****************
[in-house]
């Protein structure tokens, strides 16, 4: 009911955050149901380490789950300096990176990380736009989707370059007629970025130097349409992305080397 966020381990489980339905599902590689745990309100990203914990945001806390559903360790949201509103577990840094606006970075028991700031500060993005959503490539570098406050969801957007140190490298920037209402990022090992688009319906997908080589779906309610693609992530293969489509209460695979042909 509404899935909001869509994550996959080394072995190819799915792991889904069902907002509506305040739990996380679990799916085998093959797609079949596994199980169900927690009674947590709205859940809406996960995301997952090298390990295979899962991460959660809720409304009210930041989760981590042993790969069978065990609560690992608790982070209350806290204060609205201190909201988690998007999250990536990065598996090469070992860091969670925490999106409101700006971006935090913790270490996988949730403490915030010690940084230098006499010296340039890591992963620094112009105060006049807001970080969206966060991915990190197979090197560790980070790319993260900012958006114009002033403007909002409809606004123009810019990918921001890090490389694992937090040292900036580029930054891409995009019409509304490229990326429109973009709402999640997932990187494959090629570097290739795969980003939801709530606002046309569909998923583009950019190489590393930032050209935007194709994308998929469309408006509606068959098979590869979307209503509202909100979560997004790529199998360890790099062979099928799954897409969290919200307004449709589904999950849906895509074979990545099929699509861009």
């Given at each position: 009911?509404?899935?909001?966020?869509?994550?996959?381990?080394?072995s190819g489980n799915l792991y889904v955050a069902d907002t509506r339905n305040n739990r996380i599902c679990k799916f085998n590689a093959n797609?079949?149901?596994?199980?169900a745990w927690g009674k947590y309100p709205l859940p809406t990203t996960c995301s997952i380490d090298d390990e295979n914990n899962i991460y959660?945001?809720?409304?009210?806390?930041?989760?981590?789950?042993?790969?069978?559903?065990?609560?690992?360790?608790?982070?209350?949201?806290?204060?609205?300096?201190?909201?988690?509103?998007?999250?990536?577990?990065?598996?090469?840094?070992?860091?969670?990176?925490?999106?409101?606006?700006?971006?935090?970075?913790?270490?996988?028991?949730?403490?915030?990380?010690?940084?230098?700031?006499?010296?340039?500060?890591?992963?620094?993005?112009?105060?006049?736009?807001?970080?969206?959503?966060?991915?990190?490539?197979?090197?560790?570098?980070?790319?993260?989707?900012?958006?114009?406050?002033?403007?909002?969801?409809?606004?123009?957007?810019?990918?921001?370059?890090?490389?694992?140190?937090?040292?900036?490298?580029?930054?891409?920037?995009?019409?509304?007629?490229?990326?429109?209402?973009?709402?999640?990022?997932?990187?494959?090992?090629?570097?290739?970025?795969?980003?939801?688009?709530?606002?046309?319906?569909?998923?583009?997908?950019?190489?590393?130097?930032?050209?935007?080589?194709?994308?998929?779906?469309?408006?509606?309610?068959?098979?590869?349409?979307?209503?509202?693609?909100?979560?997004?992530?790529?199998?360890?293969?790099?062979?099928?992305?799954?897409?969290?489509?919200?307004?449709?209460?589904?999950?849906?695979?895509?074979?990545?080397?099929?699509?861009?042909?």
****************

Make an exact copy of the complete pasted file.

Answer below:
[in-house]
């Protein structure tokens, strides 16, 4: 009911955050149901380490789950300096990176990380736009989707370059007629970025130097349409992305080397 966020381990489980339905599902590689745990309100990203914990945001806390559903360790949201509103577990840094606006970075028991700031500060993005959503490539570098406050969801957007140190490298920037209402990022090992688009319906997908080589779906309610693609992530293969489509209460695979042909 509404899935909001869509994550996959080394072995190819799915792991889904069902907002509506305040739990996380679990799916085998093959797609079949596994199980169900927690009674947590709205859940809406996960995301997952090298390990295979899962991460959660809720409304009210930041989760981590042993790969069978065990609560690992608790982070209350806290204060609205201190909201988690998007999250990536990065598996090469070992860091969670925490999106409101700006971006935090913790270490996988949730403490915030010690940084230098006499010296340039890591992963620094112009105060006049807001970080969206966060991915990190197979090197560790980070790319993260900012958006114009002033403007909002409809606004123009810019990918921001890090490389694992937090040292900036580029930054891409995009019409509304490229990326429109973009709402999640997932990187494959090629570097290739795969980003939801709530606002046309569909998923583009950019190489590393930032050209935007194709994308998929469309408006509606068959098979590869979307209503509202909100979560997004790529199998360890790099062979099928799954897409969290919200307004449709589904999950849906895509074979990545099929699509861009």
């Given at each position: 009911?509404?899935?909001?966020?869509?994550?996959?381990?080394?072995s190819g489980n799915l792991y889904v955050a069902d907002t509506r339905n305040n739990r996380i599902c679990k799916f085998n590689a093959n797609?079949?149901?596994?199980?169900a745990w927690g009674k947590y309100p709205l859940p809406t990203t996960c995301s997952i380490d090298d390990e295979n914990n899962i991460y959660?945001?809720?409304?009210?806390?930041?989760?981590?789950?042993?790969?069978?559903?065990?609560?690992?360790?608790?982070?209350?949201?806290?204060?609205?300096?201190?909201?988690?509103?998007?999250?990536?577990?990065?598996?090469?840094?070992?860091?969670?990176?925490?999106?409101?606006?700006?971006?935090?970075?913790?270490?996988?028991?949730?403490?915030?990380?010690?940084?230098?700031?006499?010296?340039?500060?890591?992963?620094?993005?112009?105060?006049?736009?807001?970080?969206?959503?966060?991915?990190?490539?197979?090197?560790?570098?980070?790319?993260?989707?900012?958006?114009?406050?002033?403007?909002?969801?409809?606004?123009?957007?810019?990918?921001?370059?890090?490389?694992?140190?937090?040292?900036?490298?580029?930054?891409?920037?995009?019409?509304?007629?490229?990326?429109?209402?973009?709402?999640?990022?997932?990187?494959?090992?090629?570097?290739?970025?795969?980003?939801?688009?709530?606002?046309?319906?569909?998923?583009?997908?950019?190489?590393?130097?930032?050209?935007?080589?194709?994308?998929?779906?469309?408006?509606?309610?068959?098979?590869?349409?979307?209503?509202?693609?909100?979560?997004?992530?790529?199998?360890?293969?790099?062979?099928?992305?799954?897409?969290?489509?919200?307004?449709?209460?589904?999950?849906?695979?895509?074979?990545?080397?099929?699509?861009?042909?």